Fugard’s profound examination of a South African family ripped apart by a workplace accident is devastatingly brilliant.
Hello. Goodbye. These two small, unassuming words bookend Athol Fugard’s fleeting reunion of an estranged brother and sister. Like the play itself, these mundane utterances conceal a hidden well of emotion and meaning. What looks like a slight domestic drama digs, gradually, into dark and profound territory.
Hester has returned to her hated childhood home in Port Elizabeth, South Africa. When she departed 12 years ago, her younger brother Johnnie was left behind to care for their father – a stern, religious man who was robbed of his living and one of his legs in a workplace accident. Now, Hester is back to confront the past and claim her share of the compensation.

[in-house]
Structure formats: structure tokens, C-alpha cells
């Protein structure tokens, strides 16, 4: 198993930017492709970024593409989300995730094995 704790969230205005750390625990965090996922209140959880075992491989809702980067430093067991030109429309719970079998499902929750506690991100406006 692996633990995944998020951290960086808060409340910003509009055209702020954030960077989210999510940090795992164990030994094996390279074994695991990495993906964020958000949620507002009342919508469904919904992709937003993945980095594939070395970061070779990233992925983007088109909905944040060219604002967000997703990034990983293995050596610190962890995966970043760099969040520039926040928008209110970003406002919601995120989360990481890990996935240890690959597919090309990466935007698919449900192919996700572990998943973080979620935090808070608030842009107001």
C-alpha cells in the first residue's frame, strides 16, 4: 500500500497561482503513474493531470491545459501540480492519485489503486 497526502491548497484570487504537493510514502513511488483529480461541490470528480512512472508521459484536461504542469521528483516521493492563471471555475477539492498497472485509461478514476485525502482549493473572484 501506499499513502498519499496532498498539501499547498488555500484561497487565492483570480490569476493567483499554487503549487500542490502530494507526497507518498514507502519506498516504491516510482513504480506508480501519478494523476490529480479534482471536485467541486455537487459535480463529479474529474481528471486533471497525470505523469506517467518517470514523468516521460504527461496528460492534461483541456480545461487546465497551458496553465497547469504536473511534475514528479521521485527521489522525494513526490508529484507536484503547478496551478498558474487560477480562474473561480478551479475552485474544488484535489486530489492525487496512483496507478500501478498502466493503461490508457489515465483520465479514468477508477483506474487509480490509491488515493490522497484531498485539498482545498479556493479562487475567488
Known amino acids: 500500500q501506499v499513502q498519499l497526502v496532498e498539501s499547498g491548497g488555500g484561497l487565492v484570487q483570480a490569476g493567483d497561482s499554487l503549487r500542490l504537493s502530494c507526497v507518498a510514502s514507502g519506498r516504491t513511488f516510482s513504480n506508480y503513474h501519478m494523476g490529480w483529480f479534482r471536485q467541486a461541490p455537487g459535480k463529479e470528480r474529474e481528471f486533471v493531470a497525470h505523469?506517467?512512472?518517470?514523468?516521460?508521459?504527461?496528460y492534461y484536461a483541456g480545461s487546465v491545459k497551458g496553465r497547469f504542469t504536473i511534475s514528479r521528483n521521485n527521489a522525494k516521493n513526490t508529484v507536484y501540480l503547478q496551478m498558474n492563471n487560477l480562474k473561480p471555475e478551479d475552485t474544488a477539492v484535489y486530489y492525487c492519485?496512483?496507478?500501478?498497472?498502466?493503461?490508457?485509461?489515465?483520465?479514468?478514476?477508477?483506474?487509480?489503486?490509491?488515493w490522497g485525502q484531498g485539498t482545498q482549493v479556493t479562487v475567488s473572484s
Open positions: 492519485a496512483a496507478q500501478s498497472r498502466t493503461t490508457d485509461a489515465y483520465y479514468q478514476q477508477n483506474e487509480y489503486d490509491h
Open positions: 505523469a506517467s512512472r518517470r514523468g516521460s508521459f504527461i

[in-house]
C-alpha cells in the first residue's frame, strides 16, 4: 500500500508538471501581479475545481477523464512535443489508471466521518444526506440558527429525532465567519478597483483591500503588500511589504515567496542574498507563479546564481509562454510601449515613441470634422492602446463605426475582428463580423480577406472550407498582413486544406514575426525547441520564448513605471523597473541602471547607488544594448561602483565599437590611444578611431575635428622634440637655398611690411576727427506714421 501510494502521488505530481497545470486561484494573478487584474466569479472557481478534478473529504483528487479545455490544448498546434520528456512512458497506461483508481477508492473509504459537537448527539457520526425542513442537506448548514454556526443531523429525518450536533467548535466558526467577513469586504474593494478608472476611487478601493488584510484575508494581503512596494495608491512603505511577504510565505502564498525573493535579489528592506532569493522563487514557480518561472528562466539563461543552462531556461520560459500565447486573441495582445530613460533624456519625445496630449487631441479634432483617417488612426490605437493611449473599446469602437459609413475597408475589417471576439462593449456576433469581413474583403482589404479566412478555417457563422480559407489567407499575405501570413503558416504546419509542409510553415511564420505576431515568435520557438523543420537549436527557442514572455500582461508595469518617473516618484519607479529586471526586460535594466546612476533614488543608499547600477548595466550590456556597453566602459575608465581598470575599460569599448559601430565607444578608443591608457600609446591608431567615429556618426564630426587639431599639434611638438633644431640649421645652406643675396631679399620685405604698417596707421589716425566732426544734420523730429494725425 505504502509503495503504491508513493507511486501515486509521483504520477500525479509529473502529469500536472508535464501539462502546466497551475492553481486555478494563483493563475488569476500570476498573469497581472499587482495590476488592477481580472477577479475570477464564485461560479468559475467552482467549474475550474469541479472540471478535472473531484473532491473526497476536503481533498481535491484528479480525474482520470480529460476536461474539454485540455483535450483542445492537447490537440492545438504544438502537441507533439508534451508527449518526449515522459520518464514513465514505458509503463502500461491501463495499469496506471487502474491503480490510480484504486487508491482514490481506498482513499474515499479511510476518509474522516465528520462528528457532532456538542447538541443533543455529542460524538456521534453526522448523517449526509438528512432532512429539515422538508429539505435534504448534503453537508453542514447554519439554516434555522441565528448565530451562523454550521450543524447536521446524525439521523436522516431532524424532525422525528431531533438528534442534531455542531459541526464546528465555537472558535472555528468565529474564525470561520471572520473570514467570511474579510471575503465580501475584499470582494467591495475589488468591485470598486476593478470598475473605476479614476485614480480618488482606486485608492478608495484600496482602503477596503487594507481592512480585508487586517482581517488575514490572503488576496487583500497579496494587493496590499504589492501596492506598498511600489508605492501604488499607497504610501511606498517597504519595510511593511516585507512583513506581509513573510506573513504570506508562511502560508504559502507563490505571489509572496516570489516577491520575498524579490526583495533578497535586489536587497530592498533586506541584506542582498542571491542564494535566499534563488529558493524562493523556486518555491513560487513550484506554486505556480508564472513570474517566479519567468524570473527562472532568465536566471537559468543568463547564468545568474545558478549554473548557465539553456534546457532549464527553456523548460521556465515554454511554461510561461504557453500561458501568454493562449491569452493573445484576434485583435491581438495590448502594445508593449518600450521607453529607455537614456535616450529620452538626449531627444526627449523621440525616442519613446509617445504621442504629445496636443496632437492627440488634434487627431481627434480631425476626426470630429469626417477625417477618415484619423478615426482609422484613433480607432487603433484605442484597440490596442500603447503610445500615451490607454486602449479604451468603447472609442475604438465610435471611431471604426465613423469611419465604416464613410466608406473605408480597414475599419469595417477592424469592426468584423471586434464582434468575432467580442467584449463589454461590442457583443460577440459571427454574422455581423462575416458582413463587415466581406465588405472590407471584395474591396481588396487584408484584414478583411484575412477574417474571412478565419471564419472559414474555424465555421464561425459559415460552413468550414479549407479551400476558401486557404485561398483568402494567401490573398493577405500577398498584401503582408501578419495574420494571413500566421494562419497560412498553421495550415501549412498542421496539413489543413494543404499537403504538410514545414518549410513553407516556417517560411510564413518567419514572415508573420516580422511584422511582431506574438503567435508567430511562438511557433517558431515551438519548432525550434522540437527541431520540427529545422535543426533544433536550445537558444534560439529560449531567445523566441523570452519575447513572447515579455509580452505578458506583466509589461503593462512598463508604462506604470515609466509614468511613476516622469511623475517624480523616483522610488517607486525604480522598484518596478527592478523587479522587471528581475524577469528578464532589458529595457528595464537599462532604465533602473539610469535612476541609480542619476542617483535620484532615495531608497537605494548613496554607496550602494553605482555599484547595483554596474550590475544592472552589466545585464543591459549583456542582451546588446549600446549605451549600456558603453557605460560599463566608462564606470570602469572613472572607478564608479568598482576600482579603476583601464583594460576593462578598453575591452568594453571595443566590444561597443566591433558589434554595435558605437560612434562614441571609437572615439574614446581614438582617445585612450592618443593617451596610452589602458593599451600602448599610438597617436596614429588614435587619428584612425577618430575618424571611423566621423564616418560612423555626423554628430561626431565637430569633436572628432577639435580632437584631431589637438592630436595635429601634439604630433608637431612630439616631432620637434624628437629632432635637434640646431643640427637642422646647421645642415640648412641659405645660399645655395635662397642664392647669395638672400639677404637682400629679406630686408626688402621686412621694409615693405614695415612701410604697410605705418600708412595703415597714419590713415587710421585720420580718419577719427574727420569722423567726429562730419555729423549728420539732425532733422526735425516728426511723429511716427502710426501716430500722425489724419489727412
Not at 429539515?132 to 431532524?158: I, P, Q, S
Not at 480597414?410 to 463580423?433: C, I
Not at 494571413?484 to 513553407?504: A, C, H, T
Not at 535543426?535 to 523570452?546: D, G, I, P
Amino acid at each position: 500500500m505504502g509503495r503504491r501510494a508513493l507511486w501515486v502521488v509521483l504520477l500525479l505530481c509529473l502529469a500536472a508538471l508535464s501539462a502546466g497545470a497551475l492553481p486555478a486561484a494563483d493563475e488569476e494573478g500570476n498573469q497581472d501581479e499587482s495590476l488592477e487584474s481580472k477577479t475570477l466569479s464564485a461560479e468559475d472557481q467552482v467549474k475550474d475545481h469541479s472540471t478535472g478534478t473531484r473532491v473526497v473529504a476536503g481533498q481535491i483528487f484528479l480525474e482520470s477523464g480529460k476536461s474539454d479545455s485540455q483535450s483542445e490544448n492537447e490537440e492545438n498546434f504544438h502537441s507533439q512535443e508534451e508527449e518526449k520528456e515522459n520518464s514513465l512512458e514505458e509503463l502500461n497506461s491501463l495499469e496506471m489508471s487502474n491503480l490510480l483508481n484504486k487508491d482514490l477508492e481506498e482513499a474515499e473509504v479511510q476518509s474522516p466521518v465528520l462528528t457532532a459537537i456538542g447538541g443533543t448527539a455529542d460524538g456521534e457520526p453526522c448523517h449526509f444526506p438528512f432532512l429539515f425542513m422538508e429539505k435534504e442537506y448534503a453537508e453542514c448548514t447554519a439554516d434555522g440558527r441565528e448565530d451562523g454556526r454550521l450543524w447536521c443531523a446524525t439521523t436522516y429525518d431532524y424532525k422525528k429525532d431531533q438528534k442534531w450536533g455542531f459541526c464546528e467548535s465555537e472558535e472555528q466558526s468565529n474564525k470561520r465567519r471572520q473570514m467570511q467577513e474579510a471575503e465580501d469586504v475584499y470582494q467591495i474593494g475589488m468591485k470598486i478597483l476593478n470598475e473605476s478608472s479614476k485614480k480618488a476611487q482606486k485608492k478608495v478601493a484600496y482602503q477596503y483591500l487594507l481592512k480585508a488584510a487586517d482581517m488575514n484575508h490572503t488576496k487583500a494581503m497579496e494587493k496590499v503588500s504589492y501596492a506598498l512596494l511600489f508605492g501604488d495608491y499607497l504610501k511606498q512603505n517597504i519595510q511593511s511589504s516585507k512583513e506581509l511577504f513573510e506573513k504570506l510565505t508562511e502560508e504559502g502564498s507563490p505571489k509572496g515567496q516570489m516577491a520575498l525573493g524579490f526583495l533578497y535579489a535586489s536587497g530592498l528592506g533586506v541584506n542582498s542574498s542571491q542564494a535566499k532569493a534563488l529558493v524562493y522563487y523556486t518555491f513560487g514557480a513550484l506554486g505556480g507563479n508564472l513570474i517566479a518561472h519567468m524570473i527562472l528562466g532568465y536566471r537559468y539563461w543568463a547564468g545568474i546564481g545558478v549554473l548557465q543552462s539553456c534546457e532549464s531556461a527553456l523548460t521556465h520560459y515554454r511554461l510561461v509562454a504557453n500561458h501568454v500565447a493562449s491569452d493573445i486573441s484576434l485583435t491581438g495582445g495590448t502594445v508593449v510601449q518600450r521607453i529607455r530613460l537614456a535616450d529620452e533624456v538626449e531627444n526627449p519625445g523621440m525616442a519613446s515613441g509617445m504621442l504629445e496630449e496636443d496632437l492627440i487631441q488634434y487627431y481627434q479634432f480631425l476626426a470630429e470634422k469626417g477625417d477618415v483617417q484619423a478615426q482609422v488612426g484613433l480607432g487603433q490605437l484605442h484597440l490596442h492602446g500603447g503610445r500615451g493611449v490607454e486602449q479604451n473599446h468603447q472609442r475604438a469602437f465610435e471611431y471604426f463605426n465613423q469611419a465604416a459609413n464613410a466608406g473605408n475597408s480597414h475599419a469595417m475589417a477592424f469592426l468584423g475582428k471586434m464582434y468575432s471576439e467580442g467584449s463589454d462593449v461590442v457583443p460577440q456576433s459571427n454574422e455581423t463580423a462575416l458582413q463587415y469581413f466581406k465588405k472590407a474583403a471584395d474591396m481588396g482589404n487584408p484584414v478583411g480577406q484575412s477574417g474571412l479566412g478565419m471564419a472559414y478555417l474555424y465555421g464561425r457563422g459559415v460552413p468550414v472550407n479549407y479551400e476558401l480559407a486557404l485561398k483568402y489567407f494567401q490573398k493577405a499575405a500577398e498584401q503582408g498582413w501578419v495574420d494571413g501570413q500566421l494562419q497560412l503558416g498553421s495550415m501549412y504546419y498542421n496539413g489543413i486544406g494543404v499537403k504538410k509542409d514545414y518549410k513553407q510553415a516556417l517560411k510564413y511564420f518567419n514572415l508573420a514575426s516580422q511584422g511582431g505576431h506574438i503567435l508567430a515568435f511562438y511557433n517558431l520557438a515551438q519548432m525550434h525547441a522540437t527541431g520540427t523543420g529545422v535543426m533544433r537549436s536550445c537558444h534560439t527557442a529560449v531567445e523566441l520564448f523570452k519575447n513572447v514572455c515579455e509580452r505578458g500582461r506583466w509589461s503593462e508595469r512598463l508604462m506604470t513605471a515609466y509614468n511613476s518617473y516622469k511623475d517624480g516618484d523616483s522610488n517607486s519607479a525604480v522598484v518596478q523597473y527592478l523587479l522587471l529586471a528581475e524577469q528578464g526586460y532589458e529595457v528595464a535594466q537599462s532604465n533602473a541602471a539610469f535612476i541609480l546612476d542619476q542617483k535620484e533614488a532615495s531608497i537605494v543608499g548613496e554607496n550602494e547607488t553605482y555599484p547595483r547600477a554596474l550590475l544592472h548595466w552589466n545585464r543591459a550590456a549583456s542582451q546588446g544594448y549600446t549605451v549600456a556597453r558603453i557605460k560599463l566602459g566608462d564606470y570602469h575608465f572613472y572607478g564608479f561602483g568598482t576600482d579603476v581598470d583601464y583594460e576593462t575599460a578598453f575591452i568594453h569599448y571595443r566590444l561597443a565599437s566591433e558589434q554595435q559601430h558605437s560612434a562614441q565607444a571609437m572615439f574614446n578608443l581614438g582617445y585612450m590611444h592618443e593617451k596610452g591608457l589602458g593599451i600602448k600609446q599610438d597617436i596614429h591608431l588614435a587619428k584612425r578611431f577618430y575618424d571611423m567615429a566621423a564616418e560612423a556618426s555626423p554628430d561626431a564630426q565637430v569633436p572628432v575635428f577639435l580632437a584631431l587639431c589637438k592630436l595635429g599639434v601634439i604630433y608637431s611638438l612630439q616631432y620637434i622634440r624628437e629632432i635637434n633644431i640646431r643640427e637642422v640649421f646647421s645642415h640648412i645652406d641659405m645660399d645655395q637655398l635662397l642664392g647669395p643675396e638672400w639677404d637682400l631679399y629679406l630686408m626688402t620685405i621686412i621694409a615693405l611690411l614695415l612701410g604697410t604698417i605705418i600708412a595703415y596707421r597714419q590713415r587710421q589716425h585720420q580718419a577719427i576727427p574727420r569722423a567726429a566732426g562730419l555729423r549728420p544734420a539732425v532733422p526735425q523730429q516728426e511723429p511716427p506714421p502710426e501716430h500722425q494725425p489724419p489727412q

There’s something Beckettian about Hello and Goodbye’s existential despair and loneliness – particularly in the long, jagged monologues. John R Wilkinson’s gloomy production strengthens this association, situating Fugard’s drama in a blasted memoryscape.
In Laura Ann Price’s haunting design, the walls of the house are torn and the floor is littered with rubble. It’s as though the explosion that injured Hester and Johnnie’s domineering father has also ripped through the family home, leaving it – and the two siblings – irreparably damaged.
Under Sara Burns’ dim, subtly shifting lighting, Hester and Johnnie wrestle with the remnants of their shared past, which pile up on the stage around them. As Hester, Jo Mousley enters with disdainful poise, only to become more and more undone.
Meanwhile, Emilio Iannucci’s Johnnie quivers with uncertainty, forever on the precipice of mental breakdown. Their struggle is played out with intense, devastating brilliance. It’s not an easy watch, but it works its way under the skin.